Women and Cartography in the Progressive Era

Christina E. Dando’s Women and Cartography in the Progressive Era (Routledge) came out earlier this month. From the publisher: “As women became more mobile (physically, socially, politically), they used and created geographic knowledge and maps. […] Long overlooked, this women’s work represents maps and mapping that today we would term community or participatory mapping, critical cartography and public geography. These historic examples of women-generated mapping represent the adoption of cartography and geography as part of women’s work. […] This study explores the implications of women’s use of this technology in creating and presenting information and knowledge and wielding it to their own ends.” [WMS]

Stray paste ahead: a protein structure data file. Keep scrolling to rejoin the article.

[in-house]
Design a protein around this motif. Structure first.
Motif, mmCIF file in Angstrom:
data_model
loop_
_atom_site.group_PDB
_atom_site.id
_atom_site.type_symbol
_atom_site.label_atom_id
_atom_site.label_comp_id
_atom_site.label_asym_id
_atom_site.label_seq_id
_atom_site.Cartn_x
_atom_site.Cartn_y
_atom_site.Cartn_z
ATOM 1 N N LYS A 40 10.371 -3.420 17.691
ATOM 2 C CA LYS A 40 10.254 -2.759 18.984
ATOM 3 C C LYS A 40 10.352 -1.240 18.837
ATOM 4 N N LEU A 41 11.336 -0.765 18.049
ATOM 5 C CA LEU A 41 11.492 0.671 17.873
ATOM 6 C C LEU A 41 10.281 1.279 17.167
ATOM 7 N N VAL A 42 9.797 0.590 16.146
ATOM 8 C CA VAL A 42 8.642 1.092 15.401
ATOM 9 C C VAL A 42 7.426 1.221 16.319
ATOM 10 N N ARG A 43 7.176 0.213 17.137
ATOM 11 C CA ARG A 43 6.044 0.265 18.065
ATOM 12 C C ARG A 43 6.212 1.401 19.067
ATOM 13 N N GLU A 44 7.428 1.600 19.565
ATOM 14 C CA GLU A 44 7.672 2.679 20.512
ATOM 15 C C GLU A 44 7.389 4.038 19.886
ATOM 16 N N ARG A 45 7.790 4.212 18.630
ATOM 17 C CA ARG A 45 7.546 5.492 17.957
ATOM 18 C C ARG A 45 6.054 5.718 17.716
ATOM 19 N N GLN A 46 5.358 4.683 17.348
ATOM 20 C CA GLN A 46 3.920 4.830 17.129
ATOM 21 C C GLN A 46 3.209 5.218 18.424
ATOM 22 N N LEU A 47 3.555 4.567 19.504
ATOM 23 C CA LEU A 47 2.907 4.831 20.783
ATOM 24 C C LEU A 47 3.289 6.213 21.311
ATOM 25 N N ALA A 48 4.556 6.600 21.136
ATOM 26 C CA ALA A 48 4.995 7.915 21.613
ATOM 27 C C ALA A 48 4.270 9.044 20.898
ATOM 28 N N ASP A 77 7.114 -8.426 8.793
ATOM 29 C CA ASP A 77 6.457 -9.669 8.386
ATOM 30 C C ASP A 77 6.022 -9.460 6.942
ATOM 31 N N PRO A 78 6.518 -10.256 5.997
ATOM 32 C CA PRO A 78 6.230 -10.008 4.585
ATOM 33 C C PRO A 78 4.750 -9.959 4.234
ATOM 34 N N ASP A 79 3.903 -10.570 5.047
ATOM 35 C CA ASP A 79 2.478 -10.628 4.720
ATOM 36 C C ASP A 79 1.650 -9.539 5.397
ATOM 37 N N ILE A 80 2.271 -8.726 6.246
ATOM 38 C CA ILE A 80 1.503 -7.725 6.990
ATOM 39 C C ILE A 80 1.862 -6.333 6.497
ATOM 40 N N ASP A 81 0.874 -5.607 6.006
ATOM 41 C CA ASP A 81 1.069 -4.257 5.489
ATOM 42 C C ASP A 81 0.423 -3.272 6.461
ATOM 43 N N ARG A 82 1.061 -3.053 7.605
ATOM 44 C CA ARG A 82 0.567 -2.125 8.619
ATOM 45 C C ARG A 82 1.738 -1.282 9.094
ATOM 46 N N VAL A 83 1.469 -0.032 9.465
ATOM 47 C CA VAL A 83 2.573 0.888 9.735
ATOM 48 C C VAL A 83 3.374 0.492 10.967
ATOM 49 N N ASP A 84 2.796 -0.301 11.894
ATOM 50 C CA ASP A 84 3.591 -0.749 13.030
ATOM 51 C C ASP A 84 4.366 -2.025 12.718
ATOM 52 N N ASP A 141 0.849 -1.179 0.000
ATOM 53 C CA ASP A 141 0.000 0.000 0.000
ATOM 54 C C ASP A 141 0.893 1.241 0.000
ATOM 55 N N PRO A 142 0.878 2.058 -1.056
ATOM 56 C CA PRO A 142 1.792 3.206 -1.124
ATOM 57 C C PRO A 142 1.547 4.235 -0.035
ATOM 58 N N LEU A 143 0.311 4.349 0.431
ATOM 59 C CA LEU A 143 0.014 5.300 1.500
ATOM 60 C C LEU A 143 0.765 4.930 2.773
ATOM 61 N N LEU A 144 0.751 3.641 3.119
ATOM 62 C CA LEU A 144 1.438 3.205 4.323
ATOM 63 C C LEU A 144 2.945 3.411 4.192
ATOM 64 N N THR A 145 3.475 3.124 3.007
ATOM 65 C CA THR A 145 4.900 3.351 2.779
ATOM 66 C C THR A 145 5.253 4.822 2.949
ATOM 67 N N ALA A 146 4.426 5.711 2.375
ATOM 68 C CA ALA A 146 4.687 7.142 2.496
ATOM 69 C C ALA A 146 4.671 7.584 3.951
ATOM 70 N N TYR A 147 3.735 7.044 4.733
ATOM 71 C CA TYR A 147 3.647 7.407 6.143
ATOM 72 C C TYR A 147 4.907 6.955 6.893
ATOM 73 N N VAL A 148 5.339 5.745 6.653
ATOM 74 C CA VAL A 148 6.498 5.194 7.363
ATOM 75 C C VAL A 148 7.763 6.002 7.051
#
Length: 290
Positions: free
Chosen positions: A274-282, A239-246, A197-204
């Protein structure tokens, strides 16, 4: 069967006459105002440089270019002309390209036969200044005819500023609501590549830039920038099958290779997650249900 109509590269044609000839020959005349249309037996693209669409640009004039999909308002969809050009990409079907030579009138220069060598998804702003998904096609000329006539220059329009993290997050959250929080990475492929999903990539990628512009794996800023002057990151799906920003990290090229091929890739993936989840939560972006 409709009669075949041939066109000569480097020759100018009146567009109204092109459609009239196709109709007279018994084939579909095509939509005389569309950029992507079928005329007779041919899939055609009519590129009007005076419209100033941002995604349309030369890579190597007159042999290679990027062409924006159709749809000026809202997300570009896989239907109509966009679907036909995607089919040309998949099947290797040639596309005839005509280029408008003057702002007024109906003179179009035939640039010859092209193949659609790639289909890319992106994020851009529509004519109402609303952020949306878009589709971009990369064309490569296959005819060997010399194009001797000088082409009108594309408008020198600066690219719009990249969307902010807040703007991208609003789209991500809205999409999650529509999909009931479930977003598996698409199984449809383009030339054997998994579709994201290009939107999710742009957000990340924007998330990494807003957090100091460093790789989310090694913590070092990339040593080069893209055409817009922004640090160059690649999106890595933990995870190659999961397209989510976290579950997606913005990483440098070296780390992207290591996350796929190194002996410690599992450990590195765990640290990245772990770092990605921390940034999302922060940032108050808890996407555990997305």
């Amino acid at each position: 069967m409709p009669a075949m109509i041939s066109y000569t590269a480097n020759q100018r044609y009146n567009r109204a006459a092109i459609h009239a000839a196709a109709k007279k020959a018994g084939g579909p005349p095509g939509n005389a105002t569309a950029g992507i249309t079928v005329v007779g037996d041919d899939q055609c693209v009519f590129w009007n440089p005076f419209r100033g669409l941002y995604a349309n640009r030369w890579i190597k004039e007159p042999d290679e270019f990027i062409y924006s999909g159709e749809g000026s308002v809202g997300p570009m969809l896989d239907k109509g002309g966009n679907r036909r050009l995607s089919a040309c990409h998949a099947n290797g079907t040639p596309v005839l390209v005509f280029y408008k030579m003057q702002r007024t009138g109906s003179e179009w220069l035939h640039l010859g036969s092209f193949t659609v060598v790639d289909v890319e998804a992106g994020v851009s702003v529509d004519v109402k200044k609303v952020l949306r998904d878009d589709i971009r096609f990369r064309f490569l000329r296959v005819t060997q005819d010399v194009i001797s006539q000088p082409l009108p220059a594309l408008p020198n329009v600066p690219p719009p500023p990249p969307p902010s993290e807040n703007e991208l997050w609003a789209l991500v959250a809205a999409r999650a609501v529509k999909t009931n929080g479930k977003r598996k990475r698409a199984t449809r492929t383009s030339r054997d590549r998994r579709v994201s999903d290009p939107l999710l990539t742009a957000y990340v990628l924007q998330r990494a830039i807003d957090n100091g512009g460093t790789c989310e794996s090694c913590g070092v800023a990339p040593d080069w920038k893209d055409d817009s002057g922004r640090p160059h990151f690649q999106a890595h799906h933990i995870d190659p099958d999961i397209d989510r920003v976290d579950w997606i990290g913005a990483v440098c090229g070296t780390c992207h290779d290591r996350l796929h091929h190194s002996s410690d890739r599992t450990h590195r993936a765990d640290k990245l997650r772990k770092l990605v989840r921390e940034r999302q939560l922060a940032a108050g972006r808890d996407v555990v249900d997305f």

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Related: Map Books of 2017.

Author: Jonathan Crowe

I blog about maps at The Map Room, review books for AE: The Canadian Science Fiction Review, and edit a fanzine called Ecdysis.